To be sure, the president still uses his private cellphone to speak with and solicit advice from a small inner circle of longtime aides and friends, Manigault among them. Though Kelly has sought to limit and streamline the pipeline of information into the Oval Office, there’s not much he can do about the president’s penchant for calling up his closest advisers, even at odd hours, once his staffers depart for the evening.
As Kelly has clamped down on the information that reaches the president through official channels, Trump’s inner circle has increasingly reverted to phone calls with the president directly. The sense is that Kelly is essentially powerless to block Trump off from a coterie of friends and allies that predate the White House by years.
Manigault’s loyalty to Trump is not driven by ideology or politics nearly as much as it is by their longstanding personal relationship. Her executive-branch experience dates back to the 1990s, when she had a brief stint in the Clinton administration. That job didn’t last long, as she was reportedly a nightmare to work with, to the point that at least one female colleague wanted to inflict physical violence on her. And before becoming a top Trump campaign surrogate and joining his Republican administration, Manigault was a big fan of Barack Obama and Hillary Clinton.
Manigault’s passionate defense of Trump has sometimes escalated into her threatening people with supposed enemies lists, including one incident where she reportedly told a reporter that she was among several journalists on whom White House officials kept “dossiers” of dirt.
“It’s so great our enemies are making themselves clear so that when we get into the White House, we know where we stand,” she had previously told IJR at Trump’s election-night celebration. “Let me just tell you, Mr. Trump has a long memory and we’re keeping a list.”
The White House did not respond to a request for comment, and Manigault declined to comment on this story. Officials spoke on the condition of anonymity because they were not cleared to talk about Omarosa.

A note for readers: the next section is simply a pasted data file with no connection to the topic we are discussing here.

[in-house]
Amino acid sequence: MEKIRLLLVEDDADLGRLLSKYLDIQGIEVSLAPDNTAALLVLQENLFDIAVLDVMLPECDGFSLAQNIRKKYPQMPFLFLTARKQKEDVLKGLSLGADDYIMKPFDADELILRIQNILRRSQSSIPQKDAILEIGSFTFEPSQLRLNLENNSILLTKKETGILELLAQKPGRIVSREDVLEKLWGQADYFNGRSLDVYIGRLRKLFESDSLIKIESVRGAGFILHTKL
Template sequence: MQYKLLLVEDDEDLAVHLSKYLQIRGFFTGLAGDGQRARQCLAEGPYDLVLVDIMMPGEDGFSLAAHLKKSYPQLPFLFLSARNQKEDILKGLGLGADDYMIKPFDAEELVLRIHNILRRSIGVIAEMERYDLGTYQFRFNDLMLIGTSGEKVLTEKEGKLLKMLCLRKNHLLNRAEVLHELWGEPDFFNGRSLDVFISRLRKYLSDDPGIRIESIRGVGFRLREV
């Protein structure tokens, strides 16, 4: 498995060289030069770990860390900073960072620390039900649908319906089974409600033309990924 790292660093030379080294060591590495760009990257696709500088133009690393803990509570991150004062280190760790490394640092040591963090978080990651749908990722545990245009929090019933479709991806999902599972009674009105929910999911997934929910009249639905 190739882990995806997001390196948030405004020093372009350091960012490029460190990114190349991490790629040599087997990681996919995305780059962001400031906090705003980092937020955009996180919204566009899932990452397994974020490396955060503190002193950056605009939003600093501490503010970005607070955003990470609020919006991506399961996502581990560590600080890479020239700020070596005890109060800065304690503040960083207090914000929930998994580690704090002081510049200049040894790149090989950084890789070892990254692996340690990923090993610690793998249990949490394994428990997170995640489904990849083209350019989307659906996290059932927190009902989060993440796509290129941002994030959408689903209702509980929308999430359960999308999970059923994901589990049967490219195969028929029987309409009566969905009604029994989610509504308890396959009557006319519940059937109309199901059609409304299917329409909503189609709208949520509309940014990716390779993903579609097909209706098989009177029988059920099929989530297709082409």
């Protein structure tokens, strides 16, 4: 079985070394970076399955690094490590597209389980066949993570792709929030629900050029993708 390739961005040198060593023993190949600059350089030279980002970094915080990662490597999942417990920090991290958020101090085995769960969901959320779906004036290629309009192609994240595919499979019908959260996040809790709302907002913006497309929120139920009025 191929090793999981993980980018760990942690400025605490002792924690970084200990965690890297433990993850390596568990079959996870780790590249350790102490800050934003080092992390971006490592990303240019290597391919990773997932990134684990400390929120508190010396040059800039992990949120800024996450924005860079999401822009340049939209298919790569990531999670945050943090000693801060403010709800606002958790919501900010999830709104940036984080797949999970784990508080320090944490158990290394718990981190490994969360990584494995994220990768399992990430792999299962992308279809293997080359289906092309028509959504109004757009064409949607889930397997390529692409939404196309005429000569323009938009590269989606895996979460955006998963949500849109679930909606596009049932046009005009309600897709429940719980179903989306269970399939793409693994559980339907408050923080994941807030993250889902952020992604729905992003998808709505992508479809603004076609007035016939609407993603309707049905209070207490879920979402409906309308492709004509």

Kelly is not the first to attempt to limit access by some of Trump’s longtime confidants, including Manigault. His predecessor, former chief of staff Reince Priebus, tried to restructure West Wing meetings in May to cut down on the number of aides with direct access to Trump in those settings.
The New York Times reported at the time that Priebus had sought to exclude Manigault in particular from as many meetings as possible.
But Priebus mostly failed to meaningfully limit the steady flow of information to the president. The optimism aides expressed at the time about his effort to restructure internal White House operations could be warning for Kelly, who is attempting to succeed where Priebus failed.
“The trains are now running on time,” Trump’s friend and confidant Tom Barrack boasted to the Times of White House restructuring efforts in May. Two months later, Priebus was out of a job after routine public humiliation inflicted and sanctioned by Trump himself.
Manigault was never much of a Reince loyalist, either, even before he attempted to sideline her.
Two sources told The Daily Beast that during the earliest days of the Trump White House’s brief Anthony Scaramucci era—a relentlessly chaotic 10 days that kicked off with an attempted Scaramucci-led purge—Manigault was among the several Trump allies who sent in a list—yet another one of her stated lists—of people she thought Trump should fire. Her list skewed heavily toward establishment Republicans.
Priebus was among the “RNC guys” on that list, according to one source with direct knowledge.